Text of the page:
Soil Crusting and Water Infiltration Affected by Long-Term Tillage and Residue Management
- J. L. Pikul and
- J. F. Zuzel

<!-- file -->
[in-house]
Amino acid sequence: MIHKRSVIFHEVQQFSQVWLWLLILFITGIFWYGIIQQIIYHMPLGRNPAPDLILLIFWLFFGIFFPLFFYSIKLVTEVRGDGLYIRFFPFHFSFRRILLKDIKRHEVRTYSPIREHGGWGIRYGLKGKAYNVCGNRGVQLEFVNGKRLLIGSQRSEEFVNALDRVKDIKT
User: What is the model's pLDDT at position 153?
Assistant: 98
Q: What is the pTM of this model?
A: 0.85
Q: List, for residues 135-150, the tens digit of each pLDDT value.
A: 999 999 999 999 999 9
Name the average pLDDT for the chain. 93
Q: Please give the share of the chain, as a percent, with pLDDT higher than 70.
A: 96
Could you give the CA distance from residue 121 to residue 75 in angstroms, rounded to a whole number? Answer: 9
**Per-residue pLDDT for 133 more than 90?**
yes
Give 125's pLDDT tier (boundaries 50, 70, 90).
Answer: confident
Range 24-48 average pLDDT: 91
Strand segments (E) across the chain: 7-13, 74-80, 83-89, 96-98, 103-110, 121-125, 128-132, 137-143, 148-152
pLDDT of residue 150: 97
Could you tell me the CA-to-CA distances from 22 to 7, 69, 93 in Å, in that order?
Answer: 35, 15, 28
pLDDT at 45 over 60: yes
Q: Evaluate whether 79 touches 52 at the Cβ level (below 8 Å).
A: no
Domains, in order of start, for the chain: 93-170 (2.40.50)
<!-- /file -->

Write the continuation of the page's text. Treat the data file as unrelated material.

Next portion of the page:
Soils with low organic carbon (OC) are prone to crusting. The objective of this study was to investigate effects of tillage and N-fertility on crusting and water infiltration. Experiments were conducted on two long-term winter wheat (Triticum aestivum L.) -fallow studies. Primary tillage treatments on a tillage study started in 1940 were moldboard plow, disk, and sweep, with fertilizer rates of 45 and 180 kg N ha−1. Primary tillage on a residue management study started in 1931 was spring moldboard plowing. Residue management consisted of wheat straw burned in fall with no added N (FB), 22.4 tons ha−1 of strawy manure every other year (SM), and 90 kg N ha−1 every other year (N90). Water infiltration did not differ among tillage treatments but was 57% greater on 180 kg N ha−1 than on 45 kg N ha−1. Porosity of the surface crust on 180 kg N ha−1 was 12% greater than on 45 kg N ha−1 and 29% greater on SM than on FB. There was a 14% increase in porosity of the surface crust during winter on SM and N90 and a decrease in porosity on FB. Organic C was 62% greater on SM than on FB. Porosity was significantly correlated (r = 0.75) with OC on the tillage and residue studies. Management practices that conserve or increase OC are important to develop porous soils with high infiltrability.
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